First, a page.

One-Sensor Based Skyhook This section will explain the application of the newly proposed skyhook control of Eqs. (7-10) to the full car suspension control system. Like the two-sensor based skyhook, three inertia sensors at the gravity center of the vehicle body are used to measure BPR accelerations, respectively. Similarly, the accelerations are used to calculate the BPR velocities of the vehicle

The simulation focuses on vehicle ride comfort, representative of the vehicle body accelerations. For comparison purpose, a passive suspension is also simulated with application of 0.5A to the two front MR dampers and 0.35A for rear dampers, respectively. The passive suspension is treated as a baseline for skyhook controls. The BPR accelerations from all three simulation cases are presented from Figs. (11-13) in the frequency domain. The legend Skyhook represents the two-sensor based strategy, while Cost Effective Skyhook stands for the onesensor based strategy. From Fig. (11), it can be observed that the bounce vibration around both primary and secondary suspension frequencies is significantly reduced with both skyhook strategies in comparison to the passive suspension. Figs. (12 and 13) show the pitch and roll accelerations, respectively. Both controls can lower the peaks at the secondary suspension frequency. One subtle observation is that the onesensor based control provides better control of the primary pitch peak. That may be induced by smaller relative velocity estimation in the high frequency range from Eq. (8). Overall, the cost effective skyhook control provides competitive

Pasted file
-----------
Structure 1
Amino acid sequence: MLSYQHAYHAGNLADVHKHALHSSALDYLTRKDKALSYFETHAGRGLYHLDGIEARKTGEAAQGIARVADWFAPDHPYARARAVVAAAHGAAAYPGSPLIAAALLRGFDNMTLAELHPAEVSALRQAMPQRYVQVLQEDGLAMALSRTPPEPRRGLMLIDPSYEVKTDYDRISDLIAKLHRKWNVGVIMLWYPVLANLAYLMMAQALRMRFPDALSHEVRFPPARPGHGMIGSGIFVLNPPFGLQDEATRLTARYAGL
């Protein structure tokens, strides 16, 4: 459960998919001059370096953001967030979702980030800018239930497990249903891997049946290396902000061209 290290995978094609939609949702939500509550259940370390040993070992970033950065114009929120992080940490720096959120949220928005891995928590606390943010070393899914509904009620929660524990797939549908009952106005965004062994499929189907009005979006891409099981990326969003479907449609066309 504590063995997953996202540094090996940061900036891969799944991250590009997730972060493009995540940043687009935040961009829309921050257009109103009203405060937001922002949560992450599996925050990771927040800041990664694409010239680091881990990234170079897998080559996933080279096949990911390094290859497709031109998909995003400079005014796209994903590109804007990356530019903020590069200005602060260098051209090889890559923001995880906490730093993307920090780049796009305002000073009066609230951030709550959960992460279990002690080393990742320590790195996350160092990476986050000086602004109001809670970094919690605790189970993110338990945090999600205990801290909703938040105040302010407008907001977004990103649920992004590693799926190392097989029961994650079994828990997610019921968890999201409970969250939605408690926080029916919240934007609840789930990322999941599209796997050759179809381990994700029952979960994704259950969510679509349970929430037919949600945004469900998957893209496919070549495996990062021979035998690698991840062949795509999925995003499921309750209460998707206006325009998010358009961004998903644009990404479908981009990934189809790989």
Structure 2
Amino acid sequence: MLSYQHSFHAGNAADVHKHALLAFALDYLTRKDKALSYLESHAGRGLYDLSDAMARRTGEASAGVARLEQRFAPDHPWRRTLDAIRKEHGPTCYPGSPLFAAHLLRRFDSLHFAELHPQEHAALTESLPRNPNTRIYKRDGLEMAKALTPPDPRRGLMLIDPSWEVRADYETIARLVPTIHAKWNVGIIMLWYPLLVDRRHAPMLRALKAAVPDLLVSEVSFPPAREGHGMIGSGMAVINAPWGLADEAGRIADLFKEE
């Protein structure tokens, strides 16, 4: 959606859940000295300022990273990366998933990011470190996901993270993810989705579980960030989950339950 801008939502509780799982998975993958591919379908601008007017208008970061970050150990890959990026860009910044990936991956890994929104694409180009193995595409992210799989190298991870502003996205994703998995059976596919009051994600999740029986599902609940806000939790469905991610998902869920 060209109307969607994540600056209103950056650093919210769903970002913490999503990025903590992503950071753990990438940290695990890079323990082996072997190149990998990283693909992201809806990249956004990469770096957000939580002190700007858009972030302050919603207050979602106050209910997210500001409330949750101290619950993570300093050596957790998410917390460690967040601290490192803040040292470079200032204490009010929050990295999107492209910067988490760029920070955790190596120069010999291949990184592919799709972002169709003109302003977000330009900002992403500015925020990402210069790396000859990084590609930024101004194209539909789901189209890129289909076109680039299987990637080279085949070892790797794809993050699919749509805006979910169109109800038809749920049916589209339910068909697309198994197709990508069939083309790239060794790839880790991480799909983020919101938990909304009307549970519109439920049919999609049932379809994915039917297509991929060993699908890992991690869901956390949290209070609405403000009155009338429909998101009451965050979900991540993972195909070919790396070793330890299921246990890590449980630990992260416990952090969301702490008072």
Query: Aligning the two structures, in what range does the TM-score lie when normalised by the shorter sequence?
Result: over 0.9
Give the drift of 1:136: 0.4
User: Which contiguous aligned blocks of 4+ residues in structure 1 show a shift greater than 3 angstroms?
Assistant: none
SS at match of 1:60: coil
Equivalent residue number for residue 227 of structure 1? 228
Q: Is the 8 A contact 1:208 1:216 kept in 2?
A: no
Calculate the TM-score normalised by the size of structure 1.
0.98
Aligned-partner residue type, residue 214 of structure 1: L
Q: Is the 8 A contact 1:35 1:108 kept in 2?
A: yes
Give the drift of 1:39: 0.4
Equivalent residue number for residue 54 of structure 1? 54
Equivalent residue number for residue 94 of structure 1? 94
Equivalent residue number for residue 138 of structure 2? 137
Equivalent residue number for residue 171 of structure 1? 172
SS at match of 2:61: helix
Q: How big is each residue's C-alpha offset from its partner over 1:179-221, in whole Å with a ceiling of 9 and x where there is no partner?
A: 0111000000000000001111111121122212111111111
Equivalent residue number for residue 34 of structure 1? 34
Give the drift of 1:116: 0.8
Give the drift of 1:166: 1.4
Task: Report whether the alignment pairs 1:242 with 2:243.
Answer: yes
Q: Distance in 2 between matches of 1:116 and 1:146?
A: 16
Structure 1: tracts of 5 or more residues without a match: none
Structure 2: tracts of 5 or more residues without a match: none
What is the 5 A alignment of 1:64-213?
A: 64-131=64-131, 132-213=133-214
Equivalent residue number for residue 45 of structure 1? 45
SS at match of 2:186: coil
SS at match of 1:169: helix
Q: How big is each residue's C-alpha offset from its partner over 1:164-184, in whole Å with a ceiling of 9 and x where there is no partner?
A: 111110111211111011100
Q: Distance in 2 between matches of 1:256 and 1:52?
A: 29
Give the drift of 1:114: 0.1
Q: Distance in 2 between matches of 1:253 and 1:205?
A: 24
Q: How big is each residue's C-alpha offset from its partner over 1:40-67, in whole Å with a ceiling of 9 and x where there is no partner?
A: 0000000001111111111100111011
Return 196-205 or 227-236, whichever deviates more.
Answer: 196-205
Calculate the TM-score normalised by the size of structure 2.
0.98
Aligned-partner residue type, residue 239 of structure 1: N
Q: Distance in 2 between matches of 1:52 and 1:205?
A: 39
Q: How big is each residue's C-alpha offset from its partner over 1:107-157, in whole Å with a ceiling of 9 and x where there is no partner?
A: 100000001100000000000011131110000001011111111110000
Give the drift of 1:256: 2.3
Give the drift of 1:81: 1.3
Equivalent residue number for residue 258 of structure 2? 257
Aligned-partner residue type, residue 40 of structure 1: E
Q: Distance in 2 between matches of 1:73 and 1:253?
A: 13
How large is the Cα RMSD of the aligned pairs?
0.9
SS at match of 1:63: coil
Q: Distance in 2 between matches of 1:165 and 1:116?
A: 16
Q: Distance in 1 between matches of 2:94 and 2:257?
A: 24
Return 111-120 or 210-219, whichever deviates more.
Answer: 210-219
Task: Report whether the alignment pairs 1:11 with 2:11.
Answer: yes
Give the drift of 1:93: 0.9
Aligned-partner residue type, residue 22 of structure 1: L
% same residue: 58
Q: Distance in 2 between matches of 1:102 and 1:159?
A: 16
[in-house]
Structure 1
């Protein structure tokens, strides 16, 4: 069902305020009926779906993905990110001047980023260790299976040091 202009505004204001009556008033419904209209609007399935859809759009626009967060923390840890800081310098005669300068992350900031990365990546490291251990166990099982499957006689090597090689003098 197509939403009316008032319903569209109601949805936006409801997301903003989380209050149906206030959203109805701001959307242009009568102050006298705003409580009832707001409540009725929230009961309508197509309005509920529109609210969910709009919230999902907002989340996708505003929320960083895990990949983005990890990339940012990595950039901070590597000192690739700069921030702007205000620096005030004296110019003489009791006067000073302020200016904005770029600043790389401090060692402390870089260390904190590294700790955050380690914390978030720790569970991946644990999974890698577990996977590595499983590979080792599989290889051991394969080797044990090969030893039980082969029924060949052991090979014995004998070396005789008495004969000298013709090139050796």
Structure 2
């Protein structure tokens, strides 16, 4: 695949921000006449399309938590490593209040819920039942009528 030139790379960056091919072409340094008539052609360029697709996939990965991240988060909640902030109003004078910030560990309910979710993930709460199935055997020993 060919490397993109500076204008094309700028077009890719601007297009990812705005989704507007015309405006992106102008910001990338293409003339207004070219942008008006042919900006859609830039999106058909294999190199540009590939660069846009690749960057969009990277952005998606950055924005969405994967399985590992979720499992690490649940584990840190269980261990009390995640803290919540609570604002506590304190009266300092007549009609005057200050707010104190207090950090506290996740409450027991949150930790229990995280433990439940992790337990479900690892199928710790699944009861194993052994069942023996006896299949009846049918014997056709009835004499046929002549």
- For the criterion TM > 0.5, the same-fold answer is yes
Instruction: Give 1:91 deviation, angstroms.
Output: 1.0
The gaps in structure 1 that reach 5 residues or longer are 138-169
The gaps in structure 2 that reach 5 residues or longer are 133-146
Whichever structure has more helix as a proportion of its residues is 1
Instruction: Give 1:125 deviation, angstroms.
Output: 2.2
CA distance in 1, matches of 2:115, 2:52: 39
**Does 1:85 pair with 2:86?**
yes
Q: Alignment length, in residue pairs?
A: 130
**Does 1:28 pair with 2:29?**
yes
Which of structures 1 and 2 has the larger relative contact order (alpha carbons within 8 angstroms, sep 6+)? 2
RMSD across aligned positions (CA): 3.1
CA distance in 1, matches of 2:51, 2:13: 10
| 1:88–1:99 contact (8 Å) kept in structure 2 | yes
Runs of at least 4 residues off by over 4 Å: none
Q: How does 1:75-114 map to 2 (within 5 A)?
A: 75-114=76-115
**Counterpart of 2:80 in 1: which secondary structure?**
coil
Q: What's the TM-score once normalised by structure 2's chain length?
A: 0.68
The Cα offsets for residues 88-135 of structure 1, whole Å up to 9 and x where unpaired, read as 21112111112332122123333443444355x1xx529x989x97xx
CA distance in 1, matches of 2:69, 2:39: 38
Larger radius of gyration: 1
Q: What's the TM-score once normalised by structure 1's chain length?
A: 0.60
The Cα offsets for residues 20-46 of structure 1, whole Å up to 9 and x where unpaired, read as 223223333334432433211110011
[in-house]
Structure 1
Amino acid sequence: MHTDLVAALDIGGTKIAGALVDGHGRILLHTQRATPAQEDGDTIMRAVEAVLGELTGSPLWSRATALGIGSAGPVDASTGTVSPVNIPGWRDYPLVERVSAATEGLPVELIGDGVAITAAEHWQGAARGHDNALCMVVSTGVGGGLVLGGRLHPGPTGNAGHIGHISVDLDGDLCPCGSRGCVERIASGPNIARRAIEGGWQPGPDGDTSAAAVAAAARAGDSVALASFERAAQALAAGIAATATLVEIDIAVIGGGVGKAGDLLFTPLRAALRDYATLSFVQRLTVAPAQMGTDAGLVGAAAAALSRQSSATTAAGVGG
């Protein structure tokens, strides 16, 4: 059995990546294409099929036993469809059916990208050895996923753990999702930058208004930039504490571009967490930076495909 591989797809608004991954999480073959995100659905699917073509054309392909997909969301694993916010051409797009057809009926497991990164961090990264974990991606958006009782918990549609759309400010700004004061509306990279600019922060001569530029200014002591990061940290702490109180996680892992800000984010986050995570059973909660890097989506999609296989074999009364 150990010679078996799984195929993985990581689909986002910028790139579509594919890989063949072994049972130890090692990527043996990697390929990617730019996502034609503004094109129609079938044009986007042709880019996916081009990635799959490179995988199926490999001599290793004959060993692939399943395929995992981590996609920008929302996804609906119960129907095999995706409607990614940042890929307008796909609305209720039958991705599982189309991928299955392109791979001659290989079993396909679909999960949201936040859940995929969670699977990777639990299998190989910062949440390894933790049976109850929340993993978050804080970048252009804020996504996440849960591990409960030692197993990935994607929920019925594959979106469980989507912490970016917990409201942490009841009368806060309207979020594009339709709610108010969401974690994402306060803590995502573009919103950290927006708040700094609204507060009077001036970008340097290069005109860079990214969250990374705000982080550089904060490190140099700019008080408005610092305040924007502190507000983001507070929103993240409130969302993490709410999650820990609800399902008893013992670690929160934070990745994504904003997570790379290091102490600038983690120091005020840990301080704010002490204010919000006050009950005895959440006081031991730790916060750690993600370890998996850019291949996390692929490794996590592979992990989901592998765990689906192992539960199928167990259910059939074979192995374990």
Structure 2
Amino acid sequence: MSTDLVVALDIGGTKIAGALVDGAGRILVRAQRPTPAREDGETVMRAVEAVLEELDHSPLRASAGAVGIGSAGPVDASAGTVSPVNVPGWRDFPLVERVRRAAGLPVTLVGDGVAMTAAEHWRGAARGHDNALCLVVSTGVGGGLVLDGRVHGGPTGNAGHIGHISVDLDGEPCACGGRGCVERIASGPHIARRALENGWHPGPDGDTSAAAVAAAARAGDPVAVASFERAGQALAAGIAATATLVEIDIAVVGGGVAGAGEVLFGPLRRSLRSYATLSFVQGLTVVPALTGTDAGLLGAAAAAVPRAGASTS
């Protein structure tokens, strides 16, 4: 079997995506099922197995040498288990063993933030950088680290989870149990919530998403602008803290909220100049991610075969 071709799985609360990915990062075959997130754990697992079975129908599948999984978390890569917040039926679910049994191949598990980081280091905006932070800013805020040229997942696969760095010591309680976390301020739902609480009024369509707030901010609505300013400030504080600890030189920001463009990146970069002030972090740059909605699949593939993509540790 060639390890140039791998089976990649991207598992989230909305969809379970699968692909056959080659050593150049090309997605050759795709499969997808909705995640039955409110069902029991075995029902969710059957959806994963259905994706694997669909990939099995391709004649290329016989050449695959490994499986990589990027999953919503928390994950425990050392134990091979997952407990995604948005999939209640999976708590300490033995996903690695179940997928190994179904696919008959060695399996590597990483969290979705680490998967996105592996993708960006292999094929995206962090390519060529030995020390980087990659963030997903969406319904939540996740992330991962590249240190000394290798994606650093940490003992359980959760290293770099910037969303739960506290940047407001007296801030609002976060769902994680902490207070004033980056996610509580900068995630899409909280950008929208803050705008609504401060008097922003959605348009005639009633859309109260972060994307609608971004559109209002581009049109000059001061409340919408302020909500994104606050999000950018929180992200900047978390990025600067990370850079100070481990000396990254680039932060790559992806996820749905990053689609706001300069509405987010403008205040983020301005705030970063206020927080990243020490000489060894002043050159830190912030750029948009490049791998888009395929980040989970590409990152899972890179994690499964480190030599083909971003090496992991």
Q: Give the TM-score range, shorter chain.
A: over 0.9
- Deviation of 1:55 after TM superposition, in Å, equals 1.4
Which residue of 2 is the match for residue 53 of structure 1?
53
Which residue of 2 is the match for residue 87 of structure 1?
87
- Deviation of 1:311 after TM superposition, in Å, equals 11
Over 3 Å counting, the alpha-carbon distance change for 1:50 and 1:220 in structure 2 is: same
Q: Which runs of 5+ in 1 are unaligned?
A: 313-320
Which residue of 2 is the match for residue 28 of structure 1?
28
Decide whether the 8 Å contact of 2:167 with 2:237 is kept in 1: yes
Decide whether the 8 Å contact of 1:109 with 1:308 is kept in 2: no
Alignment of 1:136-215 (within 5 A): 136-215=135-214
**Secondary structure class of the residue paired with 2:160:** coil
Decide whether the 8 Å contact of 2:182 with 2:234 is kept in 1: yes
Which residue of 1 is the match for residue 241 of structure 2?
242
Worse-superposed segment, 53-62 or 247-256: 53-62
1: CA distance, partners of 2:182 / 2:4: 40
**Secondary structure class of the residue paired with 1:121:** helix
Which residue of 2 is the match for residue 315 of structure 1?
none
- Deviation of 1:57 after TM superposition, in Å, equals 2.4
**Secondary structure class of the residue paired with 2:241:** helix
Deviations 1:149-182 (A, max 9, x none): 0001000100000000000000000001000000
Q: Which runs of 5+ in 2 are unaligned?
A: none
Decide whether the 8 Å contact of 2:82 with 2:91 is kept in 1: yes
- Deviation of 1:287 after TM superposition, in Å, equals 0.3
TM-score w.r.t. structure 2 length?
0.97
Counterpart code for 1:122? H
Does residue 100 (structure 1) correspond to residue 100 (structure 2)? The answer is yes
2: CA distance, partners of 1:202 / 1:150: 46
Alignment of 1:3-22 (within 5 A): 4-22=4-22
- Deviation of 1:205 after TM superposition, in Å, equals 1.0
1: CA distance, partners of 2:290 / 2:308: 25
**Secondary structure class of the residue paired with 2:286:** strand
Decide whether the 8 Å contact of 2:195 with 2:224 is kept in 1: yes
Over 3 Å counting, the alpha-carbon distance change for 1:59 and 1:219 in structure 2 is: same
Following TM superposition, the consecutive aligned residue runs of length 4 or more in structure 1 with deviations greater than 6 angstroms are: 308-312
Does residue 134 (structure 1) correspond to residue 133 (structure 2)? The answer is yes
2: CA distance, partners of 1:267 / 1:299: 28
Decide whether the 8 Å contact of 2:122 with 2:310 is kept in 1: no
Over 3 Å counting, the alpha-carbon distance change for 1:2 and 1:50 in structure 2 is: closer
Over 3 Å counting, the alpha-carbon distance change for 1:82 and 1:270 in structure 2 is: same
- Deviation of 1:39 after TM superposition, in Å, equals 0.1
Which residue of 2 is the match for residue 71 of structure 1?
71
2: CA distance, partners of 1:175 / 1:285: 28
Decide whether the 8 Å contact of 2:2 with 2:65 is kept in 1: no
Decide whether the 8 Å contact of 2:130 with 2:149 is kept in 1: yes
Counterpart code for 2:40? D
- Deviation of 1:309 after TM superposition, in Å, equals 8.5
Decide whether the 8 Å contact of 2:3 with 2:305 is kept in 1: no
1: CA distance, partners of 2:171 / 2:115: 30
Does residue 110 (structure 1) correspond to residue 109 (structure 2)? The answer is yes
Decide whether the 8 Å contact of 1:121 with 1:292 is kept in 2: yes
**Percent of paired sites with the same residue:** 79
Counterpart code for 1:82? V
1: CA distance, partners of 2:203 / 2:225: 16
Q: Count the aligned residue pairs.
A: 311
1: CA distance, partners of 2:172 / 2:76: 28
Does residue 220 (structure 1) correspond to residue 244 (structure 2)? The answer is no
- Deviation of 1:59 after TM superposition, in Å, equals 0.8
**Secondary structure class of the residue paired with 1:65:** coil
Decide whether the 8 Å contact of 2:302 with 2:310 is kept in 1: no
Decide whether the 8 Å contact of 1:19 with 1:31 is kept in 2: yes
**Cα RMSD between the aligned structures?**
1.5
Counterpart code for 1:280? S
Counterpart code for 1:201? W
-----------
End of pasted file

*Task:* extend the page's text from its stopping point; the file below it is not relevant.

i ( i = B, P, R) . But for this one-sensor based control, body, y these three accelerations are also used to estimate three i ( i = B, P, R) . The two parameters of relative velocities x and of Eq. (8) for BPR relative velocities are defined in Table 2 for this simulation study. Then these velocity signals are used to produce the BPR damping commands as:

i y i y i (x i >= 0) Ci = Gi x

i

(15a)

where i = B, P, and R. Next C is properly split to each damper empirically as well as per vehicle chassis design. Finally, the damper commands can be formulated as following:

Xubin Song

performance against the traditional skyhook control. Thus, the one-sensor based skyhook control provides another new avenue to simplify semiactive vehicle suspension implementation. CONCLUSIONS The traditional two-sensor based skyhook control is briefed first. Then using a quarter-car suspension configuration the phase relationship between sprung mass and

relative velocity is analyzed. From this phase analysis, a new one-sensor based skyhook control strategy is developed for this study. A full car suspension system model is then used to demonstrate the effectiveness of the one-sensor based skyhook control compared to the traditional skyhook control as well as the passive suspension. The simulation results show that the proposed skyhook with three sensors can achieve competitive ride comfort performance in comparison